Ultimately, a urine organic acid analysis revealed a high urine glycerol level, and through genetic identification of GK mutation, a diagnosis of GKD was confirmed. The child began a carbohydrate-reinforced diet, and, following this, slow progressive improvement was noted. No metabolic crises or clinical hypoglycaemic episodes had yet been registered in the case when the research was presented.

The conclusion drawn by the paediatricians in question was that despite normal, comprehensive metabolic neonatal screening, inborn errors of metabolism should be considered in the differential diagnosis of global developmental delay when key biochemical markers – such as lipid or muscular enzyme abnormalities – are present. The team could not determine the pathogenesis of psychomotor impairment in GKD, but hypothesised that subclinical episodes of hypoglycaemia may be a mechanism, subject to further testing.
Overall, a multidisciplinary and dietetic approach is needed to manage all of the potential complications – such as metabolic decompensation during illness or fasting and impaired development – of a GKD diagnosis.

What about ethical concerns in paediatrics?

A team of two researchers from the northwest region of the UK, Lauren Edwards and Anindya Mukherkee, meanwhile presented research which highlighted the need to ensure the safety of children when dealing with conflicting professional opinions on the causes of symptoms.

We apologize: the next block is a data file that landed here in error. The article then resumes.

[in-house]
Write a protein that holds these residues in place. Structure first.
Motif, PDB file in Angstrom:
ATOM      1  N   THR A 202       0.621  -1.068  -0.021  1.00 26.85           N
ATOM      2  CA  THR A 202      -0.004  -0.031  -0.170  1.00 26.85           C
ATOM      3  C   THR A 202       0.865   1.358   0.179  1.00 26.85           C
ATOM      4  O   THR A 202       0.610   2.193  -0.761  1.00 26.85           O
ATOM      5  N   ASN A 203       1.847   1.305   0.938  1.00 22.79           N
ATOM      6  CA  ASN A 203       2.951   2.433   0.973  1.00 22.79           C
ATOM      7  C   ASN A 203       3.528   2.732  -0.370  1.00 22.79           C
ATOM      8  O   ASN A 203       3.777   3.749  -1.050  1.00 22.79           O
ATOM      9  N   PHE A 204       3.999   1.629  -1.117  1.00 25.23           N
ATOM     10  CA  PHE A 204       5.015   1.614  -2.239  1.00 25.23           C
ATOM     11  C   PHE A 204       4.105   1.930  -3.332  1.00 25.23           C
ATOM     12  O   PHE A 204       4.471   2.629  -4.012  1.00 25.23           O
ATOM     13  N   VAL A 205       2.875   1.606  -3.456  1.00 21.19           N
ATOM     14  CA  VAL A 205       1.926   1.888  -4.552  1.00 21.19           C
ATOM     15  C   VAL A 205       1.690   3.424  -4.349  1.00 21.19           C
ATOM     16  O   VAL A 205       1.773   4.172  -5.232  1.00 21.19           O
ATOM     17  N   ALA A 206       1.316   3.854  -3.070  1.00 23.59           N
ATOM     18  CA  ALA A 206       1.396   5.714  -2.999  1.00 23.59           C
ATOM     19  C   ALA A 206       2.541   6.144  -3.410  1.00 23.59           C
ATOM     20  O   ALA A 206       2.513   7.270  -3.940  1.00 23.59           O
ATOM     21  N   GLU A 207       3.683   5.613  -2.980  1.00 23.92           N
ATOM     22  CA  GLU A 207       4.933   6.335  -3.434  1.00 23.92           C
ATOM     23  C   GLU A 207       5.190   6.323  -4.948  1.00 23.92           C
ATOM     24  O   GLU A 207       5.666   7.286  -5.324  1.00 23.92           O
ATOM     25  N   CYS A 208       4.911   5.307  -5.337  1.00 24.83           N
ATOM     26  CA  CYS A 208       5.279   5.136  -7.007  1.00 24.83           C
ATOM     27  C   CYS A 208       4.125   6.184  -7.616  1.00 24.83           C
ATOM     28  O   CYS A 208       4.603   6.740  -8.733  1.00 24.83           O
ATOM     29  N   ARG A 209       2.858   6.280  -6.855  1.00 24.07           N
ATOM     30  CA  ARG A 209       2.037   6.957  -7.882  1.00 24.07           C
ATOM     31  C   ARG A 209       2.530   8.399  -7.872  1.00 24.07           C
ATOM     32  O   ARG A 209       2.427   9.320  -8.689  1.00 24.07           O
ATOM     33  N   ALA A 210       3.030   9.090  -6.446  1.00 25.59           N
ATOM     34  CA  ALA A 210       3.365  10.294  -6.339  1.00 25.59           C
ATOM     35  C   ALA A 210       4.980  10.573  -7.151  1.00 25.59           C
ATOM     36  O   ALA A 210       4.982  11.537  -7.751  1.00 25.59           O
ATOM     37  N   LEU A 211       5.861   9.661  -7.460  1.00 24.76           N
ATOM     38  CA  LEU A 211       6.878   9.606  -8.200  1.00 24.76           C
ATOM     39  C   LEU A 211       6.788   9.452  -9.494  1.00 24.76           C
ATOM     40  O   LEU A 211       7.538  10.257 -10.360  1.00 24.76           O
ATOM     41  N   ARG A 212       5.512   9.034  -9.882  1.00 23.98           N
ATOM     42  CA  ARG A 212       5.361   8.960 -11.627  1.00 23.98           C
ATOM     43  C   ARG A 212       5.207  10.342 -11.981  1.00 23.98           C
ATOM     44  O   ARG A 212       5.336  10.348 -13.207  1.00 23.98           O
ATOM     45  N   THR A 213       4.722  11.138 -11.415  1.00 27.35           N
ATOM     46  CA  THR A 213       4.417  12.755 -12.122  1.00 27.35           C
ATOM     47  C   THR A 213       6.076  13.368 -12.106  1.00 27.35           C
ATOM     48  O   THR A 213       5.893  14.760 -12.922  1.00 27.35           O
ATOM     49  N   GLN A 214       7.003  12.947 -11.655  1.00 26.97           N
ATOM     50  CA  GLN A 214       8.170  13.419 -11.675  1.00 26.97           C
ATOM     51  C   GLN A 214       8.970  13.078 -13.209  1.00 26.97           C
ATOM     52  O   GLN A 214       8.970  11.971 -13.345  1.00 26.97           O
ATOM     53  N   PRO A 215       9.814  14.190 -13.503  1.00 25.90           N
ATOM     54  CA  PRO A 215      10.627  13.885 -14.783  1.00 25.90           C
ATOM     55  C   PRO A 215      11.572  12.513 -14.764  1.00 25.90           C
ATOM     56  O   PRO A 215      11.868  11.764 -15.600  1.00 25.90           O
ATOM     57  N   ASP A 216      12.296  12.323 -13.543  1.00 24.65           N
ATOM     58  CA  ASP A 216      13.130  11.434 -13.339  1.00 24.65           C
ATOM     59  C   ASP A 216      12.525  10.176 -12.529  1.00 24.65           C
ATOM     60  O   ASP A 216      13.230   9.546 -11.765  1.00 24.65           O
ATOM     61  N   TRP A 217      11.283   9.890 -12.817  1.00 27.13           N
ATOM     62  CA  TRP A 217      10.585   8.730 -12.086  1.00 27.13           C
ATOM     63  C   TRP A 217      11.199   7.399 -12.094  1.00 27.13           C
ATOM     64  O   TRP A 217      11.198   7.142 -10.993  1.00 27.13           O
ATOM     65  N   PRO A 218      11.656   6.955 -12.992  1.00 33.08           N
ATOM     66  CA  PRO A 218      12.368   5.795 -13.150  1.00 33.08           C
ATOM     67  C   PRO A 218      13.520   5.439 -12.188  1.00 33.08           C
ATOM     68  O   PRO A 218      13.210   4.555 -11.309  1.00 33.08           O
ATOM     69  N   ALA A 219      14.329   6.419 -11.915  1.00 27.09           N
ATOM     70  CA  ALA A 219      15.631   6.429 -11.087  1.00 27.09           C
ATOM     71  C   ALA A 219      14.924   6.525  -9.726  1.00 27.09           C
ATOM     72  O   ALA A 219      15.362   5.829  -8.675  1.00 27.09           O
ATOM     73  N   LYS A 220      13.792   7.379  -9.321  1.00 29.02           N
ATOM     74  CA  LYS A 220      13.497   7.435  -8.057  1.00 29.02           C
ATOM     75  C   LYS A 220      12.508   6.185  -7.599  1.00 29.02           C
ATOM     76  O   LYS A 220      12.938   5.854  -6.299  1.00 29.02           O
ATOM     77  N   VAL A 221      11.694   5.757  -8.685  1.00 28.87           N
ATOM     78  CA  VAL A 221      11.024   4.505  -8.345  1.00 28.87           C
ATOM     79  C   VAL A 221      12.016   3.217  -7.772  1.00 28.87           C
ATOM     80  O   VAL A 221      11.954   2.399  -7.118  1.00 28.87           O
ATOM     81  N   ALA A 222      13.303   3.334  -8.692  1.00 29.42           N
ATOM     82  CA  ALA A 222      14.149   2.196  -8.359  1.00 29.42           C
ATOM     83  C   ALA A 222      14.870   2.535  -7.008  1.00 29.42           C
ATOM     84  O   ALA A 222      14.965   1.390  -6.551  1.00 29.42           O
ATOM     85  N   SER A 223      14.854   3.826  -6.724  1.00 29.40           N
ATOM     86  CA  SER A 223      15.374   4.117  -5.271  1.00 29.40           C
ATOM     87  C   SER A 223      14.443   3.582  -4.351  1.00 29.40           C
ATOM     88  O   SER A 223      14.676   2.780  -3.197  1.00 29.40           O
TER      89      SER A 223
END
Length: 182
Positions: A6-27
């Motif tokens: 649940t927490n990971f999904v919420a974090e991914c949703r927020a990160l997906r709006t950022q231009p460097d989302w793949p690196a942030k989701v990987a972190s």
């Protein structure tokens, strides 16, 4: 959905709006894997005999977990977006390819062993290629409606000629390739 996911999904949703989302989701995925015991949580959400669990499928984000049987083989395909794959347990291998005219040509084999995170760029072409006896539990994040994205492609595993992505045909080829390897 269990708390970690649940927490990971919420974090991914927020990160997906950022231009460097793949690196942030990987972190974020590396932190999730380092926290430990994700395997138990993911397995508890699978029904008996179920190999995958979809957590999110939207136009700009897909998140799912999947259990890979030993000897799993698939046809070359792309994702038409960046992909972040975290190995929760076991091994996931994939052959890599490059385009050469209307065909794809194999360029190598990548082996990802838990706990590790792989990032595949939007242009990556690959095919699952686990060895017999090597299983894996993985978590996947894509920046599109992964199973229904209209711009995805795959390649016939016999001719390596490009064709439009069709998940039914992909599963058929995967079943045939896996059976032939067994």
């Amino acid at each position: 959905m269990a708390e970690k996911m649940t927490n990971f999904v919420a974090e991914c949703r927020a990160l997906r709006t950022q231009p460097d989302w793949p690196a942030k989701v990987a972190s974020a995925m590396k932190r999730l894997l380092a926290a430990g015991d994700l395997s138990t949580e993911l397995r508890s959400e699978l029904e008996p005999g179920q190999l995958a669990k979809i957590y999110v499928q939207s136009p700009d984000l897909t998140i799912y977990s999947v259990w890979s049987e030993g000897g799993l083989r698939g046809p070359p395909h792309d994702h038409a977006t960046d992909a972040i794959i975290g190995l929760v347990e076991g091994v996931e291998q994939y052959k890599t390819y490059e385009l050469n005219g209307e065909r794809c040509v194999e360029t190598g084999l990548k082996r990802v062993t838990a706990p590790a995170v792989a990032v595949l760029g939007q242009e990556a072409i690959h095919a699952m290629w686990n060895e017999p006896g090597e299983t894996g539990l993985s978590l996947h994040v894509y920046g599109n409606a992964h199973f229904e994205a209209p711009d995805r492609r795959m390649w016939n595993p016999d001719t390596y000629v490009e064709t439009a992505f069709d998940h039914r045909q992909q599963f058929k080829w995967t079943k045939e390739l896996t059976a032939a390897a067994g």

This was particularly sensitive in the case that the team presented, which centred on a child who had sustained a potentially non-accidental injury; the research discussed the need to pursue all potential diagnoses and to prioritise the health of the child.

The three-year-old boy was presented to hospital with a left femoral spiral fracture and a bowing fracture of the left fibula. The child had a history of multiple previous fractures, and in view of this – as well as the concern that the injuries might be non-accidental – the paediatricians admitted the patient for a skeletal survey.

The scan revealed a posterior rib fracture, dated between two to three weeks old, which further raised suspicion, and the boy’s doctors, concerned about his safety, discovered that the fractures had occurred at different times while the boy was in the care of different family members.

How did the paediatricians respond?